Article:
The 2014-2015 television season saw DC comics launch numerous television …
Through Rossmo’s variety of cityscapes and their denizens and Doyle and Tynion’s raconteur-style voiceover monologue, Hellblazer #2 continues to establish the urban fantasy picaresque era of the magnificent bastard John Constantine. (The end cliffhanger echoes this theme.) And it also happens to be darkly funny, occasionally sexy, and filled to the gills with mystical worldbuilding.
Even though it is riddled with plot inconsistencies and even some slasher film/supernatural show cliches, Constantine starts to find itself as a show in its final three episodes as it embraces being a mythology lite, episodic show with a few season finale reveals and plot threads that could expand its universe and heighten the threat level of the Rising Darkness from being a silly name that occasionally, almost does something bad every other episode. But its biggest strength going forward is its small, morally ambiguous ensemble cast that really benefited from showcase episodes like “Quid Pro Quo” (for Chas) and “Angels and Ministers of Grace (for Zed and Manny) down the stretch. If it continues (either on NBC or as SyFy’s Hellblazer), Constantine has a solid foundation with these characters and actors along with sense of atmosphere and setting in most episodes.
Throughout Constantine’s first season, Chas Chandler (Charles Halford) has been an enigmatic and sadly underused figure. He plays the voice of reason and comfort to the amoral, twice or thrice damned Constantine (Matt Ryan) and has saved him many times with his special, unexplained powers. Using some carefully selected flashbacks joined to the main narrative with the recurring image of a flame, “Quid Pro Quo” reveals why Chas seemingly can’t die, why he is friends with a man who makes him pick up his bar tab 10 out of 10 times, and explores Chas’ strained relationship with his ex-wife Renee (Amanda Clayton) and daughter Geraldine. Writer Brian Anthony also introduces legendary DC Comics villain Felix Faust (played by a chilling Mark Margolis) a “second fiddle” magician who acts as a nice foil to Chas in his showcase episode.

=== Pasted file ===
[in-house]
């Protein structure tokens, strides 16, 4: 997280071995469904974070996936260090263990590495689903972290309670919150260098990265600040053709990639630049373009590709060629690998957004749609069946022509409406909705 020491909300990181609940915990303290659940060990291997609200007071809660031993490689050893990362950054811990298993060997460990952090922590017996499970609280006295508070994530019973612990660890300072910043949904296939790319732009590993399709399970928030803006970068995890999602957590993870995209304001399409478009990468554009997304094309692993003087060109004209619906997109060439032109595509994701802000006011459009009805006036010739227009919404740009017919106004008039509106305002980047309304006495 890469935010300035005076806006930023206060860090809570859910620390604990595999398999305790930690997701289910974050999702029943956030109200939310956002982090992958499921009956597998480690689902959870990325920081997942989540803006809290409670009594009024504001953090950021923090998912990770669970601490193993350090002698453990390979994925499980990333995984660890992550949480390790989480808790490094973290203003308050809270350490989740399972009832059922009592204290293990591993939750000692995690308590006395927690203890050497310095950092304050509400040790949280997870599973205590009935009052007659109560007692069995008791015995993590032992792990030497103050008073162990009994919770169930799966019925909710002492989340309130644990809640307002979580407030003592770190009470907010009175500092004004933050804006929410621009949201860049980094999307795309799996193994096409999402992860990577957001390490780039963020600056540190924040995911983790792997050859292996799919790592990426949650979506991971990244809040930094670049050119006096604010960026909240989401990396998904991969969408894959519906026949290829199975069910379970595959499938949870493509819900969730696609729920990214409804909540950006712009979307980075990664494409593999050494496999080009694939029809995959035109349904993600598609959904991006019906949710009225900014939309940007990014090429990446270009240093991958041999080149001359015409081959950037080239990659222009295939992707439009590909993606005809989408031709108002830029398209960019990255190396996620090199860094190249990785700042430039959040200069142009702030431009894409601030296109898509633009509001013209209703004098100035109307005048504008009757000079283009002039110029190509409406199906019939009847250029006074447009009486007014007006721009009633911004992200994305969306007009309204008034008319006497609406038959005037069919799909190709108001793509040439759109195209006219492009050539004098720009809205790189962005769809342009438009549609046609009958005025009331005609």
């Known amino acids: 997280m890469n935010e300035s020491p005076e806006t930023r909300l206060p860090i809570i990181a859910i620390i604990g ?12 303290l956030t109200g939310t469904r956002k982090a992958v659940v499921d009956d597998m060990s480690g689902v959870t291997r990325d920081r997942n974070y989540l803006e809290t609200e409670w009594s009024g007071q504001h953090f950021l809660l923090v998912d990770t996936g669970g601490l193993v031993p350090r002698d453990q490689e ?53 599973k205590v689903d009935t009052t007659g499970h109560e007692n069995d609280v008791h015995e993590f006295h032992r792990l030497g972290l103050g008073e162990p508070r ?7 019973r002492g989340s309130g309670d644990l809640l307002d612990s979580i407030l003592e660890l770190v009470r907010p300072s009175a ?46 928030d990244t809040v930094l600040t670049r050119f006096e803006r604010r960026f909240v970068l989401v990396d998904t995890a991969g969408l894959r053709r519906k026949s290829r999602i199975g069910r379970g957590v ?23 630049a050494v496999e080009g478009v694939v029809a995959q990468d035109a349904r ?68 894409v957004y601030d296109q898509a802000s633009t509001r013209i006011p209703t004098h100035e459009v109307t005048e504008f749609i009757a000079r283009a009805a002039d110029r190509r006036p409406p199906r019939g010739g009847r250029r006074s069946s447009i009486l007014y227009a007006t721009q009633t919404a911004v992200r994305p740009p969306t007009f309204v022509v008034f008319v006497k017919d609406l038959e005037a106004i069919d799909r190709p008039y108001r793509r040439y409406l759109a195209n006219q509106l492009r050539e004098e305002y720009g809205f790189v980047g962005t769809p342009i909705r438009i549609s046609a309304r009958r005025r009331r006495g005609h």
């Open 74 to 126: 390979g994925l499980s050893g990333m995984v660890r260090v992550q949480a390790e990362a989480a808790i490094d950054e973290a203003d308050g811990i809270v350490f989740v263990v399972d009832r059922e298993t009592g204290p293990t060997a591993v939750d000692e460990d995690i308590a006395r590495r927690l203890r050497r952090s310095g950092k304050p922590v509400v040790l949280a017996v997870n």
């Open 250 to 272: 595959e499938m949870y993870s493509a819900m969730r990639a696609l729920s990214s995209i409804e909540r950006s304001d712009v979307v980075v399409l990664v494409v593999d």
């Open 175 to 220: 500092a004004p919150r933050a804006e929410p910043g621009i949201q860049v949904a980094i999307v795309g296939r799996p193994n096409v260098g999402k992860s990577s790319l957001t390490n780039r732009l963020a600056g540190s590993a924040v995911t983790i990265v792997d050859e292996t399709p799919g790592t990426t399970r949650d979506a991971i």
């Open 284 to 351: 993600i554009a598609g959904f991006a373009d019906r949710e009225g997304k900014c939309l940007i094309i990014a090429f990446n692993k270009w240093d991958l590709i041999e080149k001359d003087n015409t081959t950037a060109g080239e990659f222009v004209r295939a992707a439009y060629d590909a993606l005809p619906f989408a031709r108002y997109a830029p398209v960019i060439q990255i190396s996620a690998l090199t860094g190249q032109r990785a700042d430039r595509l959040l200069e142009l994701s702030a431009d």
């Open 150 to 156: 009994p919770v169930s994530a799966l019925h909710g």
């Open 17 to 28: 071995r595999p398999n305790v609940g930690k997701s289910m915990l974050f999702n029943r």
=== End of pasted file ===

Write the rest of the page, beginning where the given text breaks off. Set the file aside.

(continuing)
Beginning directly after the gut-wrenching ending of the midseason finale, ” The Saint of Last Resorts Part 2″ takes one of the series’ biggest risks yet, by having John Constantine (Matt Ryan) literally bond with a demon to save his life after his old lover Anne-Marie (Claire van der Bloom) shot him because she wasn’t willing to have him sacrifice another innocent to save his skin. Constantine’s new status quo is riveting as, possessed by the Assyrian hunger demon Pazuzu, John slaughters members of a pretty scary Mexican gang and gets thrown in prison, where Chas (Charles Halford) and Zed (Angelica Celaya) must enter and exorcise the demon, or kill him if all else fails. There is also the “Rising Darkness”, but over the course of the season, this have become laughable, even if a big name is thrown in this episode. This inconsistency also extends to the characters of Manny (Harold Perrineau) and Anne-Marie, as writer Mark Verheiden possibly uses the former as an example of Heaven’s impotence in the coming struggle (Constantine’s theology and cosmology is becoming sketchier by the episode) and the latter where the plot dictates. There is also a slight dip in the special effects after the heights of the fallen angel a few episodes back.